This fall, Strafe Outerwear launches its brand-new Recon Pant and Jacket, marking the company’s foray into four-season apparel. The versatile kit was designed to fill a void Strafe founders John and Pete Gaston saw in the burgeoning light-and-fast market—a genre of skiing that’s grown leaps and bounds in terms of hardgoods, but still lags when it comes to apparel. “You’re stuck in these two camps,” says John. “The lycra-clad endurance camp and the freeride baggy, full Gore camp. Neither of those are what we believe you need for the type of skiing we do.”
That conundrum prompted the conceptualization of the Recon kit, which challenged Strafe to think outside the box and come up with a versatile product that can be used in a broad range of activity. Inspired by everything from surf hoodies to technical jackets, the team took a no-holds-barred approach in creating a minimal mountain apparel piece that excels in every season.
“When you take off restrictions, and you design something that’s not going to be your breadwinner, you can push yourself outside the comfort zone and design something a little riskier,” says John. That’s where the accidental designer gets the most reward. (The English major now knows more about color palettes, stitching and Adobe Illustrator than he ever imagined.)
“Those are the products that are closer to our personal passions,” says John. “Those are always going to be the most fun to work on.” But every piece starts out fun, says Strafe Merchandiser and Designer, Pia Halloran, who heads up the women’s product. “Everything starts out with an idea,” says Halloran. “It’s John and I are sitting around saying ‘oh it would be cool to do something like this…’ It’s Pete offering ideas on fit and construction. It’s a very open and collaborative process. We brainstorm, draw something up and come up with ideas. That’s the fun part, when you put pen to paper. Pretty much anything is possible.”
In the words of Halloran and Gaston, the design process looks something like this…
It’s time to define the concept. When you go to sketch out the product, you want to have a clear understanding of: target price, what activities the piece is for, materials, competitors, etc. Halloran’s fashion sense and retail buying background balance with John’s focus on functional details and field testing.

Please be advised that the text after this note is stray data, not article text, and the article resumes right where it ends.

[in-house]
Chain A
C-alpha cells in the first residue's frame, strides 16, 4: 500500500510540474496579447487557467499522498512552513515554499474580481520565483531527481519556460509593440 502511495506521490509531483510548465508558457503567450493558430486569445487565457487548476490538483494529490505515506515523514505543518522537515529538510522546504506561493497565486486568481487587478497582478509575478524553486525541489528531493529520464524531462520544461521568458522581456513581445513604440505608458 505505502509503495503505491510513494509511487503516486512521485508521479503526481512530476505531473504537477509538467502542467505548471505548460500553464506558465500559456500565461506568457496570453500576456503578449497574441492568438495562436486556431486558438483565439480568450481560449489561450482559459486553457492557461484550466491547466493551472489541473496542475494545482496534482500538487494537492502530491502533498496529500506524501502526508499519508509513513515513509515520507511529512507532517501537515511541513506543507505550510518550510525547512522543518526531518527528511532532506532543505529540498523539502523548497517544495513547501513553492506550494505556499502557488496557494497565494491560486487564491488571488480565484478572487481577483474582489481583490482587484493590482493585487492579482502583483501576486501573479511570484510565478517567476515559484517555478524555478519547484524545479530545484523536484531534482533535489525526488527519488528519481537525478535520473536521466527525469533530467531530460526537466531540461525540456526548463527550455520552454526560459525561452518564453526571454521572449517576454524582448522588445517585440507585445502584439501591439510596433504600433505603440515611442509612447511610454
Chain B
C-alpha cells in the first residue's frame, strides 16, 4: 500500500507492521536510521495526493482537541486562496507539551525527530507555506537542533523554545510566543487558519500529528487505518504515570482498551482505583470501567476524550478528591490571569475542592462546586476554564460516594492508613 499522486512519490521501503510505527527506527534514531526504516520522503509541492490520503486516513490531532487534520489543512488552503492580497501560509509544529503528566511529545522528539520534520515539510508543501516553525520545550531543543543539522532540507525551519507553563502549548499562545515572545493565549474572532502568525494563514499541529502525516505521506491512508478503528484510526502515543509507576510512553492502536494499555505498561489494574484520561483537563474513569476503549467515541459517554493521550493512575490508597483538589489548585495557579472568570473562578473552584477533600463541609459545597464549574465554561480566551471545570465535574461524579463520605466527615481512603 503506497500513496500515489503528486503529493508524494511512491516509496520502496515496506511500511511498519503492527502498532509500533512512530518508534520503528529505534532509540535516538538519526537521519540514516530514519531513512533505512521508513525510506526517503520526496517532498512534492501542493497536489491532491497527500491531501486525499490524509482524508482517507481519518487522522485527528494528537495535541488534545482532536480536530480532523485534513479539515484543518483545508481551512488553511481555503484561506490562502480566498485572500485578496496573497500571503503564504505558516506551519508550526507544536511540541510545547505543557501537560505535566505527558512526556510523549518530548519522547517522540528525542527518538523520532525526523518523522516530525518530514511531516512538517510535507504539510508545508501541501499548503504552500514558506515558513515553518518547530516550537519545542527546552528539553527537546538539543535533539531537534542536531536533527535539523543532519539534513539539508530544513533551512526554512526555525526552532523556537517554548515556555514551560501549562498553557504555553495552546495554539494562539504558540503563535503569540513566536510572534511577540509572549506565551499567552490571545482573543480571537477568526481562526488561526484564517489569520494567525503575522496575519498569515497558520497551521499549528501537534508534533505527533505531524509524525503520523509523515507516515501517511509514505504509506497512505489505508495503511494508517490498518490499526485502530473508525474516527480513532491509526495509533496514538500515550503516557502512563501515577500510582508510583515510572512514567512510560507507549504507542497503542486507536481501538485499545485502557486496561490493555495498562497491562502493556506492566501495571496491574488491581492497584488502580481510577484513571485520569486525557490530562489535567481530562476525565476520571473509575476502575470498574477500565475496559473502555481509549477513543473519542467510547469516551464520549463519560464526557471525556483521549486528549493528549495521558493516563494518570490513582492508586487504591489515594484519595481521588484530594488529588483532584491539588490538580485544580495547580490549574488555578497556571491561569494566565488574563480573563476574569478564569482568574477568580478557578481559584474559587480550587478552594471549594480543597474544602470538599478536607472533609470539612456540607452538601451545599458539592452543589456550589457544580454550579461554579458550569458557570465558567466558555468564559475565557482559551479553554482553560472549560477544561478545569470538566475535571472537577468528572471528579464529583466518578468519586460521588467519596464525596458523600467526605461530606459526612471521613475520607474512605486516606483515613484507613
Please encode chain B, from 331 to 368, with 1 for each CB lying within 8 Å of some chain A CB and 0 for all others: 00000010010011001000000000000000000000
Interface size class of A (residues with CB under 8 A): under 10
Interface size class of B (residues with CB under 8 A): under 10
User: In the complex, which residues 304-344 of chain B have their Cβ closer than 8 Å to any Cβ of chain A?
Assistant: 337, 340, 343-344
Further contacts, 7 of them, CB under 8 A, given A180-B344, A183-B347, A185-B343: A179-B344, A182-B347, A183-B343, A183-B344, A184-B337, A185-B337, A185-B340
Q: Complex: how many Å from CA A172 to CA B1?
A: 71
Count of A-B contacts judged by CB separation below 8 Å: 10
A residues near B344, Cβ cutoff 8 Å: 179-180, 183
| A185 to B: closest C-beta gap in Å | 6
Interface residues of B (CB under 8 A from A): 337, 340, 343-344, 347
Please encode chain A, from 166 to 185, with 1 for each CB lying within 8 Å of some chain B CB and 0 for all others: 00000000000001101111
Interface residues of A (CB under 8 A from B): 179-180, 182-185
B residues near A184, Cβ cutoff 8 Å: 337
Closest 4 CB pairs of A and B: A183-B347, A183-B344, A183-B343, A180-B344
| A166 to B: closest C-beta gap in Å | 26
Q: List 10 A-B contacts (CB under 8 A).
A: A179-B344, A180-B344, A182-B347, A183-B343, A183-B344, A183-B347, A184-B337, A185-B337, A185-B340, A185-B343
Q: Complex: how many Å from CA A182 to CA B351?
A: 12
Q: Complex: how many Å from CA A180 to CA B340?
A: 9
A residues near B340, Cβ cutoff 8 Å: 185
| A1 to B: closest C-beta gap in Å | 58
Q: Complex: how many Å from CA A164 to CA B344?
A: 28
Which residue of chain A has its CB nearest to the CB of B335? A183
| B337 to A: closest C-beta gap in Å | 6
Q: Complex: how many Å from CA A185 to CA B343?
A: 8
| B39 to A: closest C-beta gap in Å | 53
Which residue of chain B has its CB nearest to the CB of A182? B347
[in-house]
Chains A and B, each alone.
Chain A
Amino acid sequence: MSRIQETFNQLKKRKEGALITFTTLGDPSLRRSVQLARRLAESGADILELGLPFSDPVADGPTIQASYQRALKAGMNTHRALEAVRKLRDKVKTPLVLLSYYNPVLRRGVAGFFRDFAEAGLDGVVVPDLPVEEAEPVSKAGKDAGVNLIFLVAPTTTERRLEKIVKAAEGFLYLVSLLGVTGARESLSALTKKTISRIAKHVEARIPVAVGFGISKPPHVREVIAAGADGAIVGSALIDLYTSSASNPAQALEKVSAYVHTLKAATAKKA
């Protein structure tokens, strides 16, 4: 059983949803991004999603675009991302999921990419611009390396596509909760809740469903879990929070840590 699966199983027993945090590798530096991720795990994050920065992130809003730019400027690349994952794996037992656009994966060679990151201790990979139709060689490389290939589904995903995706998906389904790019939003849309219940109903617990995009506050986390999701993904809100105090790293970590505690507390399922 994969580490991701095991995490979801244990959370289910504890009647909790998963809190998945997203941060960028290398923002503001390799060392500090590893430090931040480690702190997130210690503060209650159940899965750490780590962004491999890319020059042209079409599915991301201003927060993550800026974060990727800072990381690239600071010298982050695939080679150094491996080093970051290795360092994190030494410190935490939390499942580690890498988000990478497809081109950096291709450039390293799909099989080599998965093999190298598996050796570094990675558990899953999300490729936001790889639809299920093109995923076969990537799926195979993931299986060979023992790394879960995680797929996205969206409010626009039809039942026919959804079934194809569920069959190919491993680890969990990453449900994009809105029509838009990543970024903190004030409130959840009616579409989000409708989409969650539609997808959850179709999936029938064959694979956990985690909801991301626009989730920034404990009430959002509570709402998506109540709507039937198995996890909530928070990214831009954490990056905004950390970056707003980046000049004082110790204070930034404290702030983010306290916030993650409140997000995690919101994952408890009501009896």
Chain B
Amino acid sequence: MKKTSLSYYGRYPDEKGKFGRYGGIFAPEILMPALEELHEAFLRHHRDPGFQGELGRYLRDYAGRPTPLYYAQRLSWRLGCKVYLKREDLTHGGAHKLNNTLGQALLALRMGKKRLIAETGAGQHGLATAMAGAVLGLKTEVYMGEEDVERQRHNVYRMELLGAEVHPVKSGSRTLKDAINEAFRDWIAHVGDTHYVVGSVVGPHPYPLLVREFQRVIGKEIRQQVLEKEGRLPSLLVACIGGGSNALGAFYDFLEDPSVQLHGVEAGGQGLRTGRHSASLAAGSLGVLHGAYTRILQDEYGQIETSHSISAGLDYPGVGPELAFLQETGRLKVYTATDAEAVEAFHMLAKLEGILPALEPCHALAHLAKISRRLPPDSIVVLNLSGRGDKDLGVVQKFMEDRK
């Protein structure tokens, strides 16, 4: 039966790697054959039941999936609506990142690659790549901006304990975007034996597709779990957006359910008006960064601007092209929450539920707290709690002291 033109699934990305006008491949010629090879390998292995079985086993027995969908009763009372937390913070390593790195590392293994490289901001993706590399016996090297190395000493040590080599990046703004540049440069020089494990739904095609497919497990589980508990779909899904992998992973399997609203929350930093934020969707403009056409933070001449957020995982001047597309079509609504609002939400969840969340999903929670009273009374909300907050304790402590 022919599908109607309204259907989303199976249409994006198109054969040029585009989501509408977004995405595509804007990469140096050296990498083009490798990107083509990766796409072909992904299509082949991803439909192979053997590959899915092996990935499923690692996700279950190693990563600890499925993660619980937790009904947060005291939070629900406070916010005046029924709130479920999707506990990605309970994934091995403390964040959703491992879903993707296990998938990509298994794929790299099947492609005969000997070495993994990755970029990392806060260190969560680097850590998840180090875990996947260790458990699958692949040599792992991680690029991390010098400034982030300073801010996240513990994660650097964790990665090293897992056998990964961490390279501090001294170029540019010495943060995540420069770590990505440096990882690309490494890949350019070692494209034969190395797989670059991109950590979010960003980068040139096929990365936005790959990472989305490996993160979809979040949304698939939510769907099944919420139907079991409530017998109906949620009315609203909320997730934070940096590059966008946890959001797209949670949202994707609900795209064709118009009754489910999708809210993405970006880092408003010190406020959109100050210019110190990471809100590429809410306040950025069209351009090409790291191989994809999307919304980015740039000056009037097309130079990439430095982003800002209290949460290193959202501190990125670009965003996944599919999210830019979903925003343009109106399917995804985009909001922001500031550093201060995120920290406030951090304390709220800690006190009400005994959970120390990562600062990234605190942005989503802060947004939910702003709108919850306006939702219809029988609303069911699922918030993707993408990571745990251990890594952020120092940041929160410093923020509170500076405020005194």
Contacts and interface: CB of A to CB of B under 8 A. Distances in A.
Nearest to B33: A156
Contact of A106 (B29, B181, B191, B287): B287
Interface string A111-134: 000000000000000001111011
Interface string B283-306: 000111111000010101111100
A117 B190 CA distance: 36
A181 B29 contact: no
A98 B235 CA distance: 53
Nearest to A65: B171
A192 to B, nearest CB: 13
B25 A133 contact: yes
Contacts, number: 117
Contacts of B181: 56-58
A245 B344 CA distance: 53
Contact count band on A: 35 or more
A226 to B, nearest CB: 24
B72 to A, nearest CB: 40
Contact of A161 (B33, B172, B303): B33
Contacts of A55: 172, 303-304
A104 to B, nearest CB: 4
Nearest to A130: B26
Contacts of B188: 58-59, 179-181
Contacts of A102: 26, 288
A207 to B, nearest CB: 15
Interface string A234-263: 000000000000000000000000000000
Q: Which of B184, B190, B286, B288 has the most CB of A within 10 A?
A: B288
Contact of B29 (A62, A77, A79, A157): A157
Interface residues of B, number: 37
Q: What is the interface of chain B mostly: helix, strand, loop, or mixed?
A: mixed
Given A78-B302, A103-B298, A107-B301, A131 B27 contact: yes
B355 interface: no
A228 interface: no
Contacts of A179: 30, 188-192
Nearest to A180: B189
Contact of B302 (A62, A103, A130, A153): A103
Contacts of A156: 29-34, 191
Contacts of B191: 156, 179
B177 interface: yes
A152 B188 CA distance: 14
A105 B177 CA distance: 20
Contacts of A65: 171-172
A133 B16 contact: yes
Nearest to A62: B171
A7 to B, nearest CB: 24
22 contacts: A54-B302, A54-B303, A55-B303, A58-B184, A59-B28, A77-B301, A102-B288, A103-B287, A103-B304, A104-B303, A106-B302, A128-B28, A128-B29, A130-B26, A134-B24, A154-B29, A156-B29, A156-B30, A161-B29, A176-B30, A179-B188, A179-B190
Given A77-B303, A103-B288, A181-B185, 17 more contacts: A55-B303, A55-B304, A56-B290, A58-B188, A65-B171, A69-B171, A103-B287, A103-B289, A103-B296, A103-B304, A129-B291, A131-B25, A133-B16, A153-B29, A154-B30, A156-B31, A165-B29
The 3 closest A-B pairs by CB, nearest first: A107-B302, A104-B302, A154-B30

Halloran and Gaston draw a few versions of what the product might look like. The drawings are refined and presented to Strafe employees, after which one is either picked, or they start from scratch and come up with something new. You try different colorways. Once the front and back sketches are finalized, they move on to the interior sketches.
Tech Pack Development
A tech pack is an 8-10 page Illustrator file that includes all the technical details about the item. Basically, blueprints for the factory to make the garment. You’re visually and verbally calling out every detail, from the measurement points (up to 25) to the width of the Velcro on the cuff to the type of draw cord on the hood. If a picture is worth 1000 words, the tech pack is worth 100,000 words to the manufacturer. The tech pack includes the B.O.M. (bill of materials), an Excel file that calls out all the fabrics, snaps, zippers and trim details. The more info, the better the samples.
It’s always fun and exciting when first protos come in because they’re truly bespoke. Pattern making is an artisanal craft, it’s time consuming and amazingly manual using paper patterns at this step and it’s generally accepted that the first round won’t be on point. They’ll use generic zippers and even generic fabric. This is the time to dial in the construction and the fit. There are usually two rounds of comments on first protos.
Bigger brands often go right from first prototypes to salesman samples. If your designs are similar to what you’ve created in the past, the second-proto step might be skipped. If the design is out-of-the-box, you anticipate a longer process. New construction techniques take more time to get right.
These are the pieces you show to buyers, take to trade showers and seed to media. The goal is for these to be perfect in order to present to our customers but they seldom are. We are always making adjustments or improvements down to the last moment before production.
These should be 99% accurate. These samples are like a contract with the factory that the quality level can’t dip below these pre-production samples. We make sure the base pattern is perfect.
About a year and a half later, the product hits shelves and we all go skiing with our friends. For the STRAFE team a commercial product launch is cause for celebration, a great meal and a few too many drinks with the gang because heck we worked for it. We agonize over the details because we’re proud of the products we create and we want you to lend your trust to this process.
As for the future, John says he wants to create more pieces like the Recon. Though the heart of the brand will always be skiing, John but envisions the collection expanding into more summer activities.
“People were suspect of the Recon pant,” says John. But you can take this pant and tour for hours, come in and it’s dry in 20 minutes. I’ll be working at my desk hours later without changing—they’re that comfortable. If we can bring that to mountain biking, trail running and climbing, that would be a pretty worthwhile endeavor.”